However, what I am hearing is the companies that I’ve got my eye on where I’ve said, “These are the ones that are talking about the right things,” are the ones that are focusing on customer acquisition as a way to gain market share. When you think about that, over the last few years, people have gained all kinds of customers in their databases. You’ve got people you didn’t have in there before.

Now, what are you going to do? What are you going to do with this amount of data that you have in your database, the number of people, real humans and families that are in your database that are going to need additional services from you? They are going to do repeat and referral transactions. We saw over the course of the last couple of years that the retention rates were abysmal. It was 18%. That is what we saw.

The retention rates over the last couple of years have been abysmal, with ratings reaching 18%. Share on X

Don’t you think part of that was you had the luxury of not caring if you’re going 100 miles an hour?

1,000%. There were people that turned off some of their marketing because they’re like, “We’re buried. We can’t do anymore, so we’re not going to stay in contact anymore.”

It’s a logical thing for businesses as they enter these phases of hyper-growth, which is a lot of the case. In some cases, you become a little bit of a victim of your own success. With some of that, that certainly happened to where you acquired more customers than you ever had, but you didn’t have to care at the level that you need to build lifelong relationships.

The other thing that happened is that there was what I’ll call a muscle memory that was built over the last few years in leaders and organizations where it’s reactive, and where we are going to sit back and try to get people through as fast as we can. That is not the mindset that we can afford to have as we charge into this new market. It used to be you could stand there with a bucket and consider yourself a rainmaker because it was going to come to you. Now it’s got to turn into something very proactive. What do we do with this amazing gift of all of these people that are now in our databases? What’s next?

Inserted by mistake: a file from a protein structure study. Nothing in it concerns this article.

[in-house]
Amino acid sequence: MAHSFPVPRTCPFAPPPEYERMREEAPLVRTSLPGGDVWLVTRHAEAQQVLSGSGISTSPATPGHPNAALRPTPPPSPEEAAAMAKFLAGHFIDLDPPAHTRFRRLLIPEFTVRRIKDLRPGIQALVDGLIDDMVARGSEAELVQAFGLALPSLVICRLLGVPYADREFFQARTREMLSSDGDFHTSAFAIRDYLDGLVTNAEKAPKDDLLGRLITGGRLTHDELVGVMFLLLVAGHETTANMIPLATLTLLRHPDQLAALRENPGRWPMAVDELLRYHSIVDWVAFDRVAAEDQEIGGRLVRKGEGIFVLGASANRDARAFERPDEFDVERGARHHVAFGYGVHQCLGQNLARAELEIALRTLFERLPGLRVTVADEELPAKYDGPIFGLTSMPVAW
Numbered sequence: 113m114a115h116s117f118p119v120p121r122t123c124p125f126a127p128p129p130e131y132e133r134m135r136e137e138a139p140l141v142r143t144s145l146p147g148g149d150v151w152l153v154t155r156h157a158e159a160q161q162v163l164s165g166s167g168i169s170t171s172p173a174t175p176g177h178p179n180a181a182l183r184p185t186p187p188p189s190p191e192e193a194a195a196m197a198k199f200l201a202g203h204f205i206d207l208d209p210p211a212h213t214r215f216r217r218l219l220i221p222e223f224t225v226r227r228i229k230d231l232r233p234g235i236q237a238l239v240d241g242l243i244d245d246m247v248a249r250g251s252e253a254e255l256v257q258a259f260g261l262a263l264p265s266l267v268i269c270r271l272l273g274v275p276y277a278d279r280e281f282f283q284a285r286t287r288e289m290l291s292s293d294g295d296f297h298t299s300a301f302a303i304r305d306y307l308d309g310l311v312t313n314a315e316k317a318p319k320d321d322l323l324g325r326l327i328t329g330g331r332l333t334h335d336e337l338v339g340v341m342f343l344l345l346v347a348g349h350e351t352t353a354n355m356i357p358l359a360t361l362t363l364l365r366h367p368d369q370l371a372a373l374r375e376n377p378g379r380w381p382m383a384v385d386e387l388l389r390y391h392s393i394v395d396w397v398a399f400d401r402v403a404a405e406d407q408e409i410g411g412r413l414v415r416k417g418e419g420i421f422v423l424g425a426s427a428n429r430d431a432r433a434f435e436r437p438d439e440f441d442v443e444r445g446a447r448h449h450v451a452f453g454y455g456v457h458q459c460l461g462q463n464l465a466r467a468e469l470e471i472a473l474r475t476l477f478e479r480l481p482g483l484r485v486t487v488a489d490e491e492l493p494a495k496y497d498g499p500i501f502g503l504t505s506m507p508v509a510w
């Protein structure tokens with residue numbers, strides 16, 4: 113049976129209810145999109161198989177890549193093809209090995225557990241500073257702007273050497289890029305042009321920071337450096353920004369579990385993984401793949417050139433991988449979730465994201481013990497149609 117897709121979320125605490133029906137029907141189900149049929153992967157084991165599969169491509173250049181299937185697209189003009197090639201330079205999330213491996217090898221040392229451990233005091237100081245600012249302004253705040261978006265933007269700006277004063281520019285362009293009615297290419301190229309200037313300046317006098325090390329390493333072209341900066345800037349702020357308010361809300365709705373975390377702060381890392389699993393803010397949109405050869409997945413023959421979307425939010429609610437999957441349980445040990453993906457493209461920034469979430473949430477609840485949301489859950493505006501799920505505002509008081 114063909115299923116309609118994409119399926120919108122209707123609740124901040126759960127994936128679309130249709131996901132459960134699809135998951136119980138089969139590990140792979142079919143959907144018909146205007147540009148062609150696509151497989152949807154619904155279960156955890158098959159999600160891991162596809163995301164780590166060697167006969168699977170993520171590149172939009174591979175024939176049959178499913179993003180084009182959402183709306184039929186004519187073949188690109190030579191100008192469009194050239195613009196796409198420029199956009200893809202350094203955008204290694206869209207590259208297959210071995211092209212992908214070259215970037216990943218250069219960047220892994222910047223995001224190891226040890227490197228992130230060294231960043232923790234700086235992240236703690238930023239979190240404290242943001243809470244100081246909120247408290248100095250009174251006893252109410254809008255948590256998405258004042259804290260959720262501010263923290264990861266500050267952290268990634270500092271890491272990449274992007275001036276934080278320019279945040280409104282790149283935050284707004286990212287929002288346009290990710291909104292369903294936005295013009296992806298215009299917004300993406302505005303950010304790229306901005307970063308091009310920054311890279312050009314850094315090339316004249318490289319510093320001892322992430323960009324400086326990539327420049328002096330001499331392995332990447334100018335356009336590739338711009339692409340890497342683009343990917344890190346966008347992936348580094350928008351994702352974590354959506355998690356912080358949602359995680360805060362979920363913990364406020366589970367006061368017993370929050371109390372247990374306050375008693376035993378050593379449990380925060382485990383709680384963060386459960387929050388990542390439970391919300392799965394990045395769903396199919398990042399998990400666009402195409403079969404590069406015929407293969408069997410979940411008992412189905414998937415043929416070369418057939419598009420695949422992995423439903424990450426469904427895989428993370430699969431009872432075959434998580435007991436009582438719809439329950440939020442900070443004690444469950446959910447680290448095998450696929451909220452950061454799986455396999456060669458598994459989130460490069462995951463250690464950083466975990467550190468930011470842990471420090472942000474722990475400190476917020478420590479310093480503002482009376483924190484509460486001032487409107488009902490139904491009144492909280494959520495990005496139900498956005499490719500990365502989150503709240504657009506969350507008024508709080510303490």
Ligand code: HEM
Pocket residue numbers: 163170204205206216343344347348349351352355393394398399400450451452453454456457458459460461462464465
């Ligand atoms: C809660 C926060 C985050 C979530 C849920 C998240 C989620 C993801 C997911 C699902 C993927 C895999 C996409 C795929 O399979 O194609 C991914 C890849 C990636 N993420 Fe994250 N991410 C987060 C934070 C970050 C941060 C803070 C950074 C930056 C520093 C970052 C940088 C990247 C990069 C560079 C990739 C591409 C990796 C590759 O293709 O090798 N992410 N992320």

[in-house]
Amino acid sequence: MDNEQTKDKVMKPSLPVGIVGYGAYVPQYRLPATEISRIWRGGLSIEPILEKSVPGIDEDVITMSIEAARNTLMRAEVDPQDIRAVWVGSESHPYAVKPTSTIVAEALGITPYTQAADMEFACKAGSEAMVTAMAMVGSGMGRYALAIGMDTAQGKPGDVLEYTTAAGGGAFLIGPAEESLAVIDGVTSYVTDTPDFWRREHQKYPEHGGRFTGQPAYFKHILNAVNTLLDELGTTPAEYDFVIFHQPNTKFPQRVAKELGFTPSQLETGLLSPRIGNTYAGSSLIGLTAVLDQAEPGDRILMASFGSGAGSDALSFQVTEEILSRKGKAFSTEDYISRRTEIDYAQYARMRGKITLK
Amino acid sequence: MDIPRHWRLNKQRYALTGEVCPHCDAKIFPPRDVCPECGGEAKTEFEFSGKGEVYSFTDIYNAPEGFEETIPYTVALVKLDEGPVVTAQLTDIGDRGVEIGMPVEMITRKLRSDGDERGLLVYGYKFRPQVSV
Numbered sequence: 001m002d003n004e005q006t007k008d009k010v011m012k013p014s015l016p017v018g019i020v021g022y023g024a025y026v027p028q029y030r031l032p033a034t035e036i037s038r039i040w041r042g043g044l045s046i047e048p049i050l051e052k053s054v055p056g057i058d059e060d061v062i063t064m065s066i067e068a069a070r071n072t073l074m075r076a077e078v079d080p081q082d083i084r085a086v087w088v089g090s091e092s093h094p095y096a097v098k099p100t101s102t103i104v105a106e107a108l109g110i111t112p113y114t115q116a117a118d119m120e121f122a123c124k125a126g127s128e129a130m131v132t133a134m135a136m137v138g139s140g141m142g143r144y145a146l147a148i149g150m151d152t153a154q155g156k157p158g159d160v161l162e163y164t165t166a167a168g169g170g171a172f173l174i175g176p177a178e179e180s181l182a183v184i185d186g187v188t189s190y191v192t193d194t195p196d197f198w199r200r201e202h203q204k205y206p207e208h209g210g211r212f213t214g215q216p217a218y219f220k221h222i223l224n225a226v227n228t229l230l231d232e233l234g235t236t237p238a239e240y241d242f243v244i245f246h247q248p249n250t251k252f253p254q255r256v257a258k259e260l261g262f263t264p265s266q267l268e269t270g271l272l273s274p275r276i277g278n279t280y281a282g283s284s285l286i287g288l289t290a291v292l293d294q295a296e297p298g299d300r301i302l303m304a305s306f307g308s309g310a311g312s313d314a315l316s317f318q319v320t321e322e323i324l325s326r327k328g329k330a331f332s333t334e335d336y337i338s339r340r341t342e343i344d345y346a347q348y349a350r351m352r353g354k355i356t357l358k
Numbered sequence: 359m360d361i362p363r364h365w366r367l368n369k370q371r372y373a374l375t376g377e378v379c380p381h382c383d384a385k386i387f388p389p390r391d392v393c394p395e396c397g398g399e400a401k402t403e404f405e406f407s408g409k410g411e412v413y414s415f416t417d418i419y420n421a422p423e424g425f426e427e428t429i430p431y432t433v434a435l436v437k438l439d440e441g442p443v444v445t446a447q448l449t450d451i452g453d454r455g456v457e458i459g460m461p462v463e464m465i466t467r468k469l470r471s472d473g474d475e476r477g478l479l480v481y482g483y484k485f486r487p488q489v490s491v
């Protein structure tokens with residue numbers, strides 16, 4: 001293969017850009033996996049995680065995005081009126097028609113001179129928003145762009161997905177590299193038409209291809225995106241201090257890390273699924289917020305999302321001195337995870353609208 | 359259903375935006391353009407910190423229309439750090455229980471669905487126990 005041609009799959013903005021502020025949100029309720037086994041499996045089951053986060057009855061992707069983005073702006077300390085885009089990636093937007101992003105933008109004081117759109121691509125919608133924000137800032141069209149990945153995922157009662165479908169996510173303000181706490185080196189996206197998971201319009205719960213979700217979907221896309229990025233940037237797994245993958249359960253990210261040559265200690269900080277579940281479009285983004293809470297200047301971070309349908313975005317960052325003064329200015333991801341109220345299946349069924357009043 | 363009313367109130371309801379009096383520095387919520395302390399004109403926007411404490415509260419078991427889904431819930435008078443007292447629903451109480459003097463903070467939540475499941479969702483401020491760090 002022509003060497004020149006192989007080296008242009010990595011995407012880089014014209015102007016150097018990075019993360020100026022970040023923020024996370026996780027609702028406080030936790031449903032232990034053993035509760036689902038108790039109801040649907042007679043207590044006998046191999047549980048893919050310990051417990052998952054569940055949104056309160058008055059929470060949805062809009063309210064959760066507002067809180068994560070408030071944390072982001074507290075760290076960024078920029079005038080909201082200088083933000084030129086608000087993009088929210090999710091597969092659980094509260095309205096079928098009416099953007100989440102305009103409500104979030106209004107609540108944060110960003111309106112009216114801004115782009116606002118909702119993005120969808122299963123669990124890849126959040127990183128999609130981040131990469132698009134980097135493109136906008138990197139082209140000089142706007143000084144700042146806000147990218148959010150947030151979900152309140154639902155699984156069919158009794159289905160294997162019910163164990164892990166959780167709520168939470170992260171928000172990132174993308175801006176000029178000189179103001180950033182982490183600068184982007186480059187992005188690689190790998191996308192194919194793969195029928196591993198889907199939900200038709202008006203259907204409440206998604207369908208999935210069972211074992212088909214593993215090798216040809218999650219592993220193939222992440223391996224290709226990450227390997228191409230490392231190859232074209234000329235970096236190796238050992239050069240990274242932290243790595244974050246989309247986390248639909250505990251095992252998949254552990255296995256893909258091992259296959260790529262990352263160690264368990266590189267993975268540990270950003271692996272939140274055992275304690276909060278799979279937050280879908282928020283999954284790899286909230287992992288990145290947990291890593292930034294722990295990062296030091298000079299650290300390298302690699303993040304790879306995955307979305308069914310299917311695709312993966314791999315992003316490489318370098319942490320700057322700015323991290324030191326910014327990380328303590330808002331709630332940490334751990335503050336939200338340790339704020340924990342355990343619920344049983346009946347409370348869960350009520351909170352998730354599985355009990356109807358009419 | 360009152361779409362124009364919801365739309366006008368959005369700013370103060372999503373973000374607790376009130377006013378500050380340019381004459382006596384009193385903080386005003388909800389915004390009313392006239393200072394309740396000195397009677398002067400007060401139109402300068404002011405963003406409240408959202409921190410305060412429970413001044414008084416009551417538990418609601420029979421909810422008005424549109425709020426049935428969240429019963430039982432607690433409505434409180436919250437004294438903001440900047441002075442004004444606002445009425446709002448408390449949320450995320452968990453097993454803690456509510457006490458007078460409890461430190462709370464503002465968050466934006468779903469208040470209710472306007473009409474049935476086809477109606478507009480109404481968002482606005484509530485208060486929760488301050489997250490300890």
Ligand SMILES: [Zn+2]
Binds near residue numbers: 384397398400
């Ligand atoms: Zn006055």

When it comes to the topic of customer acquisitions, I’ve got a number of things that I believe are at play here. The consumer’s needs are arguably different from the perspective of how they approach the lending process. We talked a little bit about this before we went on air, to now where the high-quality advice, consumers need that more than they ever have. That has to play into your acquisition strategy being able to enable your sales organization to make sure their mindset and their approach are correct. This is my perspective, but I want you to give me feedback on this. What are you hearing? Are you hearing that talked about that they’re going all the way to, “We have to rethink how we’re doing the whole process of engaging with customers?” Are they going that deep?

Yes, 1000%. The smart lenders are. The ones that I’ve got my eye on are the ones who have said, “We need to re-examine our entire customers’ journey and make sure that it is tooled for repeat business, referral business, how we are working out there in the market, and how we are going to attract and acquire more customers.” It is going to be more competitive. When you get those leads, how are you communicating with them? It cannot be the same way you’ve been doing it for the past couple of years.

This is my interpretation, but they’re almost, in a way, re-examining how they’re adding value to not just their customer but also referral partners and other business partners in the finance ecosystem. In the lending space, people deal with accountants, wealth managers, realtors and builders. They’re re-examining how they add value to all of those stakeholders. Is that accurate?

Yes. It’s interesting, we’re all consumers too. Maybe some of us have purchased homes, refinanced homes, or have done some kind of financial transaction. Are those people in contact with us in the way that we would expect or they’re so busy that they don’t care? That has been my experience. That has been shocking to me. When you don’t hear from a realtor or a lender, you think, “How much does it matter?”